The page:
May 31 every year is World No Tobacco Day, an event that is sponsored by the World Health Organization. WHO uses the day to highlight the dangers of tobacco products and to persuade governments to implement strict anti-tobacco measures. But some governments are restricting e-cigarettes along with tobacco products, even going so far as to label them as tobacco products though they actually contain no tobacco. The head of WHO tobacco control believes that e-cigarettes are “a force for good,” but many countries persist in making it difficult for smokers to have access to this potentially life-saving alternative.
Dr. Derek Yach, who in addition to his positions at WHO is the Chief Health Officer of the Vitality Institute, wrote in 2015 about the benefits of e-cigarettes to the health of smokers and to the public health. He criticized governments that take a traditional approach of regulation and taxation on all tobacco products and fail to recognize the benefits of less harmful tobacco products like e-cigarettes. Dr. Yach accused governments of taxing e-cigarettes because they fear losing revenue as tobacco cigarette sales decline.
Many health experts like Dr. Yach agree that smokers should be encouraged to switch to e-cigarettes, and some say there is evidence that e-cigarettes simply work better as a smoking cessation aid than pharmaceutical products like nicotine gum and patches. The United Kingdom’s Royal College of Physicians has stated that not only is vaping better for smokers, but that “large-scale” use of e-cigarettes and other non-tobacco nicotine products could prevent “all” of the harm that smoking does to society. That is a very bold statement, and it comes from a highly respected society of physicians, yet most people have never heard it and are instead hearing unproven claims of harm from e-cigarettes by governments and agencies that are supposed to be concerned with people’s health.
Part of the problem is that some anti-smokers believe firmly that quitting cold turkey is the only acceptable solution to the smoking problem. This contingent of anti-smokers doesn’t want to see people switching to e-cigarettes, in fact, some of the extremists don’t even approve of the use of nicotine gums and patches. But most experts who believe in the potential of e-cigarettes to improve health believe in the theory of harm reduction, which is basically the belief that something less dangerous is always better than something with more danger. Harm-reduction advocates understand that complete abstinence is not always possible. They not allowing smokers to have alternatives available won’t help them quit smoking, but it will prevent them from quitting or even reducing their smoking and the harm that comes with it.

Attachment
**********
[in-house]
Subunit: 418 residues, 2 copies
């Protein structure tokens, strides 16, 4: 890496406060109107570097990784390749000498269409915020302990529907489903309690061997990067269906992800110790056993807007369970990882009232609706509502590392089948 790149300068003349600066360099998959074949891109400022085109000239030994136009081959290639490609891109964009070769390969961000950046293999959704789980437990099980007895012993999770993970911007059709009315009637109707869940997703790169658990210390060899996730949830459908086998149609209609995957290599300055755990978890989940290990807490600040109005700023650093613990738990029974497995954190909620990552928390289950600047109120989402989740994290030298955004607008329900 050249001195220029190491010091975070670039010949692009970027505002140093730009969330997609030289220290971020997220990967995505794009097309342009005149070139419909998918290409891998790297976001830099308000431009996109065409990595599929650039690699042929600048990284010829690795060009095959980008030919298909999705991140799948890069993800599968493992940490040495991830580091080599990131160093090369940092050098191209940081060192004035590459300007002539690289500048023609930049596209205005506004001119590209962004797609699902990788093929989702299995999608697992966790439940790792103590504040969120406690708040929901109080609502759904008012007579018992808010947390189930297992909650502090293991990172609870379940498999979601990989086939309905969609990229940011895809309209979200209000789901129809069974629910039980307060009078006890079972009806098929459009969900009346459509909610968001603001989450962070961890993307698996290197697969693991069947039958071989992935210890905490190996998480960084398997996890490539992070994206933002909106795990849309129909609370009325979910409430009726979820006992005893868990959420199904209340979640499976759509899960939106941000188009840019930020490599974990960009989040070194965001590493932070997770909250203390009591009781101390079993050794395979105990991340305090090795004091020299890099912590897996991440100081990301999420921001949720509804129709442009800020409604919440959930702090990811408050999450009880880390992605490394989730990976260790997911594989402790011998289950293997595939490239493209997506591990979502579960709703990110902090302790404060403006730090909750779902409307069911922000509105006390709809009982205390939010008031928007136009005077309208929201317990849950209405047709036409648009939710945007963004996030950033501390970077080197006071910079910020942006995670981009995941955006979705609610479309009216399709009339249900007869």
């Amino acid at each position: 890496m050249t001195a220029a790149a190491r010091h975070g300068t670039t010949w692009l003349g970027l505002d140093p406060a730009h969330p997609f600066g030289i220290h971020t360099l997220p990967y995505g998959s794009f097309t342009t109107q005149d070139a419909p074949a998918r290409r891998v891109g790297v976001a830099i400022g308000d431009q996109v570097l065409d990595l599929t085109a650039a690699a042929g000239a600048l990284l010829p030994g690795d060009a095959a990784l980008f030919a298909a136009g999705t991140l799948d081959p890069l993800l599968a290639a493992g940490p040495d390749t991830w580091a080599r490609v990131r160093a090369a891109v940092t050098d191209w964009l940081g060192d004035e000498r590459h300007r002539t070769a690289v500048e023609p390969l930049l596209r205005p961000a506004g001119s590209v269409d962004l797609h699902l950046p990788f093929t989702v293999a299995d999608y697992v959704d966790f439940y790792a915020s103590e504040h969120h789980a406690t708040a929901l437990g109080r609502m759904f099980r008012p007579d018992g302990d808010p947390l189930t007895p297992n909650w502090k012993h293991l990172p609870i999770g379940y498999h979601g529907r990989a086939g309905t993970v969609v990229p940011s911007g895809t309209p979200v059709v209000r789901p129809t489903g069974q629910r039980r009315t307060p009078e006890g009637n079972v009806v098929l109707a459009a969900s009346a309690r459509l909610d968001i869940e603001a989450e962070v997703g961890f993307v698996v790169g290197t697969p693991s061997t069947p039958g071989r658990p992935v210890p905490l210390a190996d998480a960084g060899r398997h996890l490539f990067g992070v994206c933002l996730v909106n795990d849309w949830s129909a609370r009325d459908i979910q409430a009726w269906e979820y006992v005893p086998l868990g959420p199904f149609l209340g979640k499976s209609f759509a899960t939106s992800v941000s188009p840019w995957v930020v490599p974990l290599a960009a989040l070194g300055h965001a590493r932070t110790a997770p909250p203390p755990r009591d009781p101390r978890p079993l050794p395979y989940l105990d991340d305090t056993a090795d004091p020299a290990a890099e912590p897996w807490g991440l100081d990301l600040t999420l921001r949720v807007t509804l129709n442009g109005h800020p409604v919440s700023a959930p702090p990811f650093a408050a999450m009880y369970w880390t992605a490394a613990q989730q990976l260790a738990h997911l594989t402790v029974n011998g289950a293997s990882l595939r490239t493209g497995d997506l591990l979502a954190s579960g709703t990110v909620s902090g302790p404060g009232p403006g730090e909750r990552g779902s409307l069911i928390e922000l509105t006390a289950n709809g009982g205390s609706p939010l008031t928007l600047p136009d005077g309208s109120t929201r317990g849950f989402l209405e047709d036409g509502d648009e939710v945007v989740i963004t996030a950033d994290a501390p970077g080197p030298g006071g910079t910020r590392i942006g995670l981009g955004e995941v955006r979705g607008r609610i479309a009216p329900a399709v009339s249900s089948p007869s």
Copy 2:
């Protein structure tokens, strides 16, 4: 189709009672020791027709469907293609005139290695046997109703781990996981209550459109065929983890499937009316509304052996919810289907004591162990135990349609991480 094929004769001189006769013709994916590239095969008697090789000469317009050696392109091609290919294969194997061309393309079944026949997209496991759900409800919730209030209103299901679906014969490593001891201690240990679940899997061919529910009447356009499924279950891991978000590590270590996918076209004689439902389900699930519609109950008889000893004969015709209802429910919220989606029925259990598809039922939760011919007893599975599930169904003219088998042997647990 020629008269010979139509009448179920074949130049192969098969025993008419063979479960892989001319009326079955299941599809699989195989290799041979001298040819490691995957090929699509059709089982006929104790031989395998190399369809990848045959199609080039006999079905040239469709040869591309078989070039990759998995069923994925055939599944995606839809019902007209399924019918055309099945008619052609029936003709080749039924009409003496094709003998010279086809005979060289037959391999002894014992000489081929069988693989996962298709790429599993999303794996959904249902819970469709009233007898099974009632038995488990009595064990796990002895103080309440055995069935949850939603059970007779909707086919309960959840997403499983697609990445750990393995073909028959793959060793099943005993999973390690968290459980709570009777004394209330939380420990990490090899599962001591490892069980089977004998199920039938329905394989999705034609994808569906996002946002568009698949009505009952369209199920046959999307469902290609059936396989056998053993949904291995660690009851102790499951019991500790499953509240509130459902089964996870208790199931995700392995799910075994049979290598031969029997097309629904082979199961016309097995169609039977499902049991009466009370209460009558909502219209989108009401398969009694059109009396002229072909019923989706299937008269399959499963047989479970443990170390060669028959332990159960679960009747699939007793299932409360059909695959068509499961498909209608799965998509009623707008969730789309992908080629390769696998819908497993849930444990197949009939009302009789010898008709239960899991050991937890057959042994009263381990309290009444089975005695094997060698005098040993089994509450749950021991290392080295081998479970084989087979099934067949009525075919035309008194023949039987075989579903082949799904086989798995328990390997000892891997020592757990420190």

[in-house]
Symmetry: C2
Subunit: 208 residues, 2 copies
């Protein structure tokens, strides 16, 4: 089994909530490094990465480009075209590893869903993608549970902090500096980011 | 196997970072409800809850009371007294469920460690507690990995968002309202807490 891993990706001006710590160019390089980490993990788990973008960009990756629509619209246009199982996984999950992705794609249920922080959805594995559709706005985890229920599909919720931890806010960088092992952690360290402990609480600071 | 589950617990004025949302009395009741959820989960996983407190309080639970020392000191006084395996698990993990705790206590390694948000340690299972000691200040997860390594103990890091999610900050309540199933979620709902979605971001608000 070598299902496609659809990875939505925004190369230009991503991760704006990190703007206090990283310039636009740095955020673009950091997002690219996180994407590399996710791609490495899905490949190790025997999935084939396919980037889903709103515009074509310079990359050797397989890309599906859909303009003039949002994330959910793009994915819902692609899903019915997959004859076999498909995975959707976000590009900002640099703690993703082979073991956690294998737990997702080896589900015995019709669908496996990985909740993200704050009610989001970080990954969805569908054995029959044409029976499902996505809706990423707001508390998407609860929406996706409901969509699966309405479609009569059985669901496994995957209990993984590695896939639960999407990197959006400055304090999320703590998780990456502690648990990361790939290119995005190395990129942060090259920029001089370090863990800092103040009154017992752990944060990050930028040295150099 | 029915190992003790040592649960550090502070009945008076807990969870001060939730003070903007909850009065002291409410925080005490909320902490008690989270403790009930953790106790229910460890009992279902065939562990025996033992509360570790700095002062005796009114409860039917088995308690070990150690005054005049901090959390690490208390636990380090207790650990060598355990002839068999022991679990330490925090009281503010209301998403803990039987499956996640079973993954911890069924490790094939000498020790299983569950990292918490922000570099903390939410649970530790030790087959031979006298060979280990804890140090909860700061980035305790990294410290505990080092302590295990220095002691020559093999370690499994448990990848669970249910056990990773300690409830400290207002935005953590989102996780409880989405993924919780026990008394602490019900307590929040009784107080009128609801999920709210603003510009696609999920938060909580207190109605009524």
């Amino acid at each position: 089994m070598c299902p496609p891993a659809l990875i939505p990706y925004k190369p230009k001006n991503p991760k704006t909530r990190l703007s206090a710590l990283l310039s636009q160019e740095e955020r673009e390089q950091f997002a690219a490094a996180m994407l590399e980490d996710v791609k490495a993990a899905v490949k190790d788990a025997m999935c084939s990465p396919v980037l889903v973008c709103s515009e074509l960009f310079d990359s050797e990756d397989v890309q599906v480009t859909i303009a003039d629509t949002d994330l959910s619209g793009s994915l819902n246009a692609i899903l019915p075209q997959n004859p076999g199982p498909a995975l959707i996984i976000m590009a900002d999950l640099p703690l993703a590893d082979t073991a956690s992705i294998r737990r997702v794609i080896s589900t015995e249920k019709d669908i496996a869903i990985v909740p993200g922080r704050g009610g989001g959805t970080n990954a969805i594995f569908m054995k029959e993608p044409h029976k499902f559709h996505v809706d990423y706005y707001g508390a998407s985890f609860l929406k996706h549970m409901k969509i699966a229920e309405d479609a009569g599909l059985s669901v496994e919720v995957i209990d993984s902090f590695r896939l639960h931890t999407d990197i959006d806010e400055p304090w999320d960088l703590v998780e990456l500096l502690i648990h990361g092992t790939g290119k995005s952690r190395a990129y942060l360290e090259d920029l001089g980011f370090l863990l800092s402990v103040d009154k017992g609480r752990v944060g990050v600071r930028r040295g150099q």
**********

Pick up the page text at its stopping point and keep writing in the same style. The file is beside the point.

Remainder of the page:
While much of the evidence at this point is anecdotal, there is no doubt that many smokers have been able to greatly cut down on cigarette use or quit using cigarettes altogether by switching to e-cigarettes. Many former smokers report failure with pharmaceutical products; gums, patched and prescription drugs including Chantix, which has dangers of its own including depression and suicidal thoughts as possible side effects.
The U.S. government does not allow e-cigarette sellers to even mention to their customers that e-cigarettes might help them to quit smoking. But doctors are allowed to tell their patients this, and fortunately, many do. Some doctors not only speak as medical experts, but also as former smokers. One of them, Africa’s Dr. Daniel Malan, is a believer in harm reduction. He is conducting research for the Africa Harm Reduction Alliance and has found studies from New Zealand – a country that recently overturned its ban on nicotine e-cigarettes – that shows that e-cigarettes are more effective at helping smokers quit than nicotine replacement therapy products from pharmacies.
Dr. Yach sums it up by saying that when smokers can’t or won’t quit nicotine altogether, they should be encouraged to switch to less harmful products. Despite his longstanding position as an anti-smoking advocate and his admitted distrust of tobacco companies, Dr. Yach knows that e-cigarettes do help people quit smoking and says that the evidence of this should not be ignored.